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Discussion Starter #1
When I had one dog, I only brushed/combed him out 1-2 a week. Now that I have two, and one is a full poodle, I've gone to grooming 5-6 times a week. It's working nicely with Clayton. Cupid's hair is a bit more coarse/thick (he's a mix), so I can't groom it as easily. I have been using a slicker brush on the body and using a comb on the legs for both boys.

Any suggestions or tips?
 

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Was there a specific issue you were asking about or was it just general grooming tips?

So long as you aren't finding that you have matts in the coat I would say what you are doing is fine. I might run the comb all over the body and depending on what you are doing with the coat (like if you're trying to get it to grow longer) I might use a spray conditioner on them... but maybe not. I doubt it's really needed.

Do you clip them yourself as well?
 

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Discussion Starter #3
Thanks for replying. My routine seems to be working well with the toy poodle, but Cupid's hair is thicker/denser/harder to get a comb through. I don't clip them myself--I watched a clipping video to see if it was something I would be willing to try, and I decided NO, LOL!

The last time I took both boys to the groomers, she said Cupid had mats on his legs. That's another reason I started brushing/combing more. I guess my concern is that I do the best I can, and his hair isn't that long, but the brush and comb still don't go easily through his hair. So I'm wondering if there is another kind of brush that people would recommend.

Thanks again.
 

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What I would do is keep using the comb but instead of just trying to comb straigh down the leg I would seperate the hair and work in little sections. That way you can part the hair down to the skin and know you're getting it combed out entirely. Shouldn't be tooo much work on a smaller poodle.
Another thing I've noticed is that with the denser hair I have to use a comb with teeth spaced wider apart. I have a metal comb that has one end that is fine and the other is medium. The medium comb might work better for you. If the hair is to thick the fine comb has a hard time getting through even if there are no matts.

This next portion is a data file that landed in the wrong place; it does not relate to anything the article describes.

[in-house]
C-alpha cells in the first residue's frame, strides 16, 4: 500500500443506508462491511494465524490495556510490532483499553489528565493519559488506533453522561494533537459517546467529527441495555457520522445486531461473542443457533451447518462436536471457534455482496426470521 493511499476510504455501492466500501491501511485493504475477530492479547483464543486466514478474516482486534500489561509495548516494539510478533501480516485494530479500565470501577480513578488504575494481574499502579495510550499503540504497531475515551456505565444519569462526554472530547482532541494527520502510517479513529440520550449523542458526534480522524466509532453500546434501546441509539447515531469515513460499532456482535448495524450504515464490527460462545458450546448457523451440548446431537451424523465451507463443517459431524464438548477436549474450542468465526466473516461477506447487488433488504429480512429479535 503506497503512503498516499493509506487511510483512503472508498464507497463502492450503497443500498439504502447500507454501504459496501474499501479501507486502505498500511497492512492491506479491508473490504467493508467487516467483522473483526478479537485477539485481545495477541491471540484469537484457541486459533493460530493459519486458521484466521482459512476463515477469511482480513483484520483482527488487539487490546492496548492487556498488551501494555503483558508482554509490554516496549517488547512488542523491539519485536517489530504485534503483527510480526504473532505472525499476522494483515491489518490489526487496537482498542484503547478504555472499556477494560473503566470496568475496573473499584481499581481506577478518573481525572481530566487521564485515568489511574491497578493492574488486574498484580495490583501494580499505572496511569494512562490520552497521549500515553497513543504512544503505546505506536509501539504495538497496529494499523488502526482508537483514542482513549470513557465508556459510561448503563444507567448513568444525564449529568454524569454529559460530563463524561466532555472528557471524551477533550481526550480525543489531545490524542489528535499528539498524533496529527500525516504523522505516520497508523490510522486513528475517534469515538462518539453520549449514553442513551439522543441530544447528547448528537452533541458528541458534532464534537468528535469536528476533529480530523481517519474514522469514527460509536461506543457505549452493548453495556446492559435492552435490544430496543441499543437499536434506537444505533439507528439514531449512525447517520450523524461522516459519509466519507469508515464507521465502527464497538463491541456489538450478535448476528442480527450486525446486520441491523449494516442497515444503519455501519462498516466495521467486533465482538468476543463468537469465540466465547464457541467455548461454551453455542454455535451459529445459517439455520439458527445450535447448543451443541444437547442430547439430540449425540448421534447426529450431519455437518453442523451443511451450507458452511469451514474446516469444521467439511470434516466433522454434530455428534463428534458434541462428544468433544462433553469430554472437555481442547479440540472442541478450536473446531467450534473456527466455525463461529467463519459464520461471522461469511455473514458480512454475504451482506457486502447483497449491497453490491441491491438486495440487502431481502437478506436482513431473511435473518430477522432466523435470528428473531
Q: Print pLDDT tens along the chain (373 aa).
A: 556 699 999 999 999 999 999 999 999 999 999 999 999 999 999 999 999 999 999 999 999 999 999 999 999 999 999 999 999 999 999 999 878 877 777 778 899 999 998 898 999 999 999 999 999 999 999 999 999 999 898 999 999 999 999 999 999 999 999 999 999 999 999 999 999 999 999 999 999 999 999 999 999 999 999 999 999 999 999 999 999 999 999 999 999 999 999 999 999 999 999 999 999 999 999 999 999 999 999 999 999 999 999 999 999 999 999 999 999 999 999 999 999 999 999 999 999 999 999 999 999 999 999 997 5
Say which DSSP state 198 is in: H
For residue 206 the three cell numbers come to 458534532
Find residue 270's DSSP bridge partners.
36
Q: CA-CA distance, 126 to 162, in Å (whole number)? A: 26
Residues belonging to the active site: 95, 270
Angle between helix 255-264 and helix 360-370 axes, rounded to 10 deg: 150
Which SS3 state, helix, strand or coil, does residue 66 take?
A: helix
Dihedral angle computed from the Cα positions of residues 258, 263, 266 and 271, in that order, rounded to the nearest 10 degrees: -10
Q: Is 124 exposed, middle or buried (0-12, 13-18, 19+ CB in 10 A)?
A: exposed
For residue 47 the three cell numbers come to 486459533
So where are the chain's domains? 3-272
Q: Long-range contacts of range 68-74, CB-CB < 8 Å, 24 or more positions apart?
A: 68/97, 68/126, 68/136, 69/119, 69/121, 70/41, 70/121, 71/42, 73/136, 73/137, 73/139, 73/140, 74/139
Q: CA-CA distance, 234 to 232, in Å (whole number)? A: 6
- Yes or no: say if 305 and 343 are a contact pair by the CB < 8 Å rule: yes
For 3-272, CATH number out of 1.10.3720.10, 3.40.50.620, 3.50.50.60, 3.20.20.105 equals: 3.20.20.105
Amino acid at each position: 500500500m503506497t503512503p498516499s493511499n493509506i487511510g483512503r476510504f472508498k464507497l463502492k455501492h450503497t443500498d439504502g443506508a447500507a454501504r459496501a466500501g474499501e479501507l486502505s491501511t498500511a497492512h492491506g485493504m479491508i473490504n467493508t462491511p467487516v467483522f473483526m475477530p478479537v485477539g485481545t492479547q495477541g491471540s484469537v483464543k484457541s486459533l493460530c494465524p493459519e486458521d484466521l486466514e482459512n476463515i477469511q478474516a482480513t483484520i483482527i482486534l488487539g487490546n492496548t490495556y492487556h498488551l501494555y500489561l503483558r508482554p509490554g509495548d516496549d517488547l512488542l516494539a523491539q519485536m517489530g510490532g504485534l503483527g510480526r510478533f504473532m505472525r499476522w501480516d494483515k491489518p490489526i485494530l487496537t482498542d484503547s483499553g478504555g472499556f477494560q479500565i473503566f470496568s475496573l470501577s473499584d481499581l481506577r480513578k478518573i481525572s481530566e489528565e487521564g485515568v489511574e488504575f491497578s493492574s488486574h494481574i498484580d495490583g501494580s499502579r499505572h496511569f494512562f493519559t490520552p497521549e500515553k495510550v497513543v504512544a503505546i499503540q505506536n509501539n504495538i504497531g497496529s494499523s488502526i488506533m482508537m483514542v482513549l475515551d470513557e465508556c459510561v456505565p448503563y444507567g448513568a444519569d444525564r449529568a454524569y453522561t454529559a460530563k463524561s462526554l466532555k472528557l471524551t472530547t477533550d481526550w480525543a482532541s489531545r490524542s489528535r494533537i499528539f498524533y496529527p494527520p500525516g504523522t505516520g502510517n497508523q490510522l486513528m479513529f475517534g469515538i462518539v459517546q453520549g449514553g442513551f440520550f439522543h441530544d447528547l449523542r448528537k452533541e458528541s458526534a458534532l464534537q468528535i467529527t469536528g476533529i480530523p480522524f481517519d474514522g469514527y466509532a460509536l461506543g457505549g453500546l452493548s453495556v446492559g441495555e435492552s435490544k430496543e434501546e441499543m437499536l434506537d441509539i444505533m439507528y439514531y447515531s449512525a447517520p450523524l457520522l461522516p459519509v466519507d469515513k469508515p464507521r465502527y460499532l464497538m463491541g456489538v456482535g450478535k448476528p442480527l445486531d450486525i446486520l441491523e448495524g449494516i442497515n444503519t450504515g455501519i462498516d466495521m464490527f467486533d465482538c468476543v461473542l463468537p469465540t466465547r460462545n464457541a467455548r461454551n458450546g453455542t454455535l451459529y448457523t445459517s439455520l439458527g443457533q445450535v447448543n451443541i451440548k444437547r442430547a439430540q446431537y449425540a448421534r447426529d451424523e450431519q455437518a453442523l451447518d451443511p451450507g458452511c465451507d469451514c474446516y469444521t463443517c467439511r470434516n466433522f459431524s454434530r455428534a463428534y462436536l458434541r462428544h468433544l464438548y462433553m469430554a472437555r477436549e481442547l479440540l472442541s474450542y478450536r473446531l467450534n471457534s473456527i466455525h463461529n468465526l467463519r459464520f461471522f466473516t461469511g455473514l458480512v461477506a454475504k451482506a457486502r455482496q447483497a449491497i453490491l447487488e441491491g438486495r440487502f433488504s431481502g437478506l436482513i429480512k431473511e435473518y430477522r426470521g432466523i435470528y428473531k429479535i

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Discussion Starter #5
I can’t thank you enough for your advice of getting a new comb. I went shopping yesterday and found a comb with pins that were a little wider. They also rotated and were nearly twice as long. I tried it out on Cupid last night and was AMAZED by the difference. The comb went through smoothly in most sections, and working through the problem areas was much easier. Even better, I no longer felt like I was hurting him during the process. (I tried not to, but the other comb I had just wasn’t good.) I think I might even get him to enjoy being brushed a bit more.

Thanks again!
 

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Thanks for replying. My routine seems to be working well with the toy poodle, but Cupid's hair is thicker/denser/harder to get a comb through. I don't clip them myself--I watched a clipping video to see if it was something I would be willing to try, and I decided NO, LOL!

The last time I took both boys to the groomers, she said Cupid had mats on his legs. That's another reason I started brushing/combing more. I guess my concern is that I do the best I can, and his hair isn't that long, but the brush and comb still don't go easily through his hair. So I'm wondering if there is another kind of brush that people would recommend.

Thanks again.
I simply love a very soft slicker that works wonders for me with thick haired dogs and long coats. my clients that are always matted now are in good shape after they bought this brush. the pins are long and angled, and you can bend it right back and they dont stab you! Technique is very important. divide dog into sections, lift hair up from bottom of leg, keep brush parallel to leg, and as you brush pull hair down from under your hand(holding the hair up) this way you will see to the skin, make sure you treat one leg as a whole unit, doing the inside, and paying close attention to the joints and skinny hocks where matts hide and friction causes tangles.
repeat on other legs, body and head, make sure you find end ear leather and lift up hair on ears and get thoroughly, but have light touch on inside ears.
One of th etips i give my pet owners for a cheap effective dematting tool is to use a small white letter opener, it costs about $3 for 3 of them. it keeps the sharp blade away from anything provided you only use on flat body areas, not ear flaps or tails...use common sense. very good for breaking up those thick tangles, they will then brush right out. use in direction of coat growth to avoid lines. you are cutting coat so use sparingly. Not for extremely matted dogs.
here is link to buy.
Ryan's Pet Supplies
 

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I absolutely LOVE my Chris Christensen T-brush!! I try not to use a slicker unless it's absolutely necessary--they cause a lot more damage than a pin brush. A light conditioner (preferably with some silicone) helps a great deal. I use Ice on Ice, diluted with 60% water. Misting the coat makes brushing loads easier and helps prevent coat damage.

Check YouTube for videos on "line brushing." I would post a link, but I'm not at my computer right now, sorry.

You really don't want to be dematting a lot, because it causes a great deal of damage to the hair which in turn makes it more likely to mat up again. Its much better to prevent tangles from forming in the first place. The only way to do that is brush more often or cut the hair shorter.
 
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